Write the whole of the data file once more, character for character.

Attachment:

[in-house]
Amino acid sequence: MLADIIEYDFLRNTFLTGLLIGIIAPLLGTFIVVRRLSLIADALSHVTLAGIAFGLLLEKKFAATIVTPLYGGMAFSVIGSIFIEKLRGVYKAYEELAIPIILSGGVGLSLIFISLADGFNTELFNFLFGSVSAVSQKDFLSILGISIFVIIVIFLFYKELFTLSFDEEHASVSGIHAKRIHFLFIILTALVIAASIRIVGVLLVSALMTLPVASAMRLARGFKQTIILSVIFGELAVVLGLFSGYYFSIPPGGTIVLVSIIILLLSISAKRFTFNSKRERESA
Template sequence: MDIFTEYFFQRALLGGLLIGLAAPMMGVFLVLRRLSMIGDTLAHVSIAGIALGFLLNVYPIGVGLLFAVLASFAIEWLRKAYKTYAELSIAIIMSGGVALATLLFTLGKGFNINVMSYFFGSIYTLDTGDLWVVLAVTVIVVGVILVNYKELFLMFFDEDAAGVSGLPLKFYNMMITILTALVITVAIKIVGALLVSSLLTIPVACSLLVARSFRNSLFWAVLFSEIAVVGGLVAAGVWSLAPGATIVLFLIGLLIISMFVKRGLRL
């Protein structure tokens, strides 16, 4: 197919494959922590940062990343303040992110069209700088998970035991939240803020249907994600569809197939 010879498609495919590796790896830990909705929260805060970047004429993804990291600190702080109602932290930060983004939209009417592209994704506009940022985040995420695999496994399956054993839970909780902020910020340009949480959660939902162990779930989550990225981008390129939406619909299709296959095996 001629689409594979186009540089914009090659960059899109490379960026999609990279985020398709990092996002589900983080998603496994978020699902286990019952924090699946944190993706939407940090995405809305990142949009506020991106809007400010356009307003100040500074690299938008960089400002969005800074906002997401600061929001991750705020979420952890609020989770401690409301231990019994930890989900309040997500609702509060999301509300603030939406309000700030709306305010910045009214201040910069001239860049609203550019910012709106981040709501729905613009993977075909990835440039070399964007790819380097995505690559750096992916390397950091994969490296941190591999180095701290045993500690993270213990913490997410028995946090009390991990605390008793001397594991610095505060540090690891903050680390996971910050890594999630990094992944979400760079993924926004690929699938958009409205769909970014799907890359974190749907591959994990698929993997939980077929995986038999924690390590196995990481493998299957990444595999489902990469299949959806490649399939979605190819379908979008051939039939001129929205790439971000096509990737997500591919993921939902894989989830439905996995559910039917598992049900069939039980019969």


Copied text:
[in-house]
Amino acid sequence: MLADIIEYDFLRNTFLTGLLIGIIAPLLGTFIVVRRLSLIADALSHVTLAGIAFGLLLEKKFAATIVTPLYGGMAFSVIGSIFIEKLRGVYKAYEELAIPIILSGGVGLSLIFISLADGFNTELFNFLFGSVSAVSQKDFLSILGISIFVIIVIFLFYKELFTLSFDEEHASVSGIHAKRIHFLFIILTALVIAASIRIVGVLLVSALMTLPVASAMRLARGFKQTIILSVIFGELAVVLGLFSGYYFSIPPGGTIVLVSIIILLLSISAKRFTFNSKRERESA
Template sequence: MDIFTEYFFQRALLGGLLIGLAAPMMGVFLVLRRLSMIGDTLAHVSIAGIALGFLLNVYPIGVGLLFAVLASFAIEWLRKAYKTYAELSIAIIMSGGVALATLLFTLGKGFNINVMSYFFGSIYTLDTGDLWVVLAVTVIVVGVILVNYKELFLMFFDEDAAGVSGLPLKFYNMMITILTALVITVAIKIVGALLVSSLLTIPVACSLLVARSFRNSLFWAVLFSEIAVVGGLVAAGVWSLAPGATIVLFLIGLLIISMFVKRGLRL
């Protein structure tokens, strides 16, 4: 197919494959922590940062990343303040992110069209700088998970035991939240803020249907994600569809197939 010879498609495919590796790896830990909705929260805060970047004429993804990291600190702080109602932290930060983004939209009417592209994704506009940022985040995420695999496994399956054993839970909780902020910020340009949480959660939902162990779930989550990225981008390129939406619909299709296959095996 001629689409594979186009540089914009090659960059899109490379960026999609990279985020398709990092996002589900983080998603496994978020699902286990019952924090699946944190993706939407940090995405809305990142949009506020991106809007400010356009307003100040500074690299938008960089400002969005800074906002997401600061929001991750705020979420952890609020989770401690409301231990019994930890989900309040997500609702509060999301509300603030939406309000700030709306305010910045009214201040910069001239860049609203550019910012709106981040709501729905613009993977075909990835440039070399964007790819380097995505690559750096992916390397950091994969490296941190591999180095701290045993500690993270213990913490997410028995946090009390991990605390008793001397594991610095505060540090690891903050680390996971910050890594999630990094992944979400760079993924926004690929699938958009409205769909970014799907890359974190749907591959994990698929993997939980077929995986038999924690390590196995990481493998299957990444595999489902990469299949959806490649399939979605190819379908979008051939039939001129929205790439971000096509990737997500591919993921939902894989989830439905996995559910039917598992049900069939039980019969």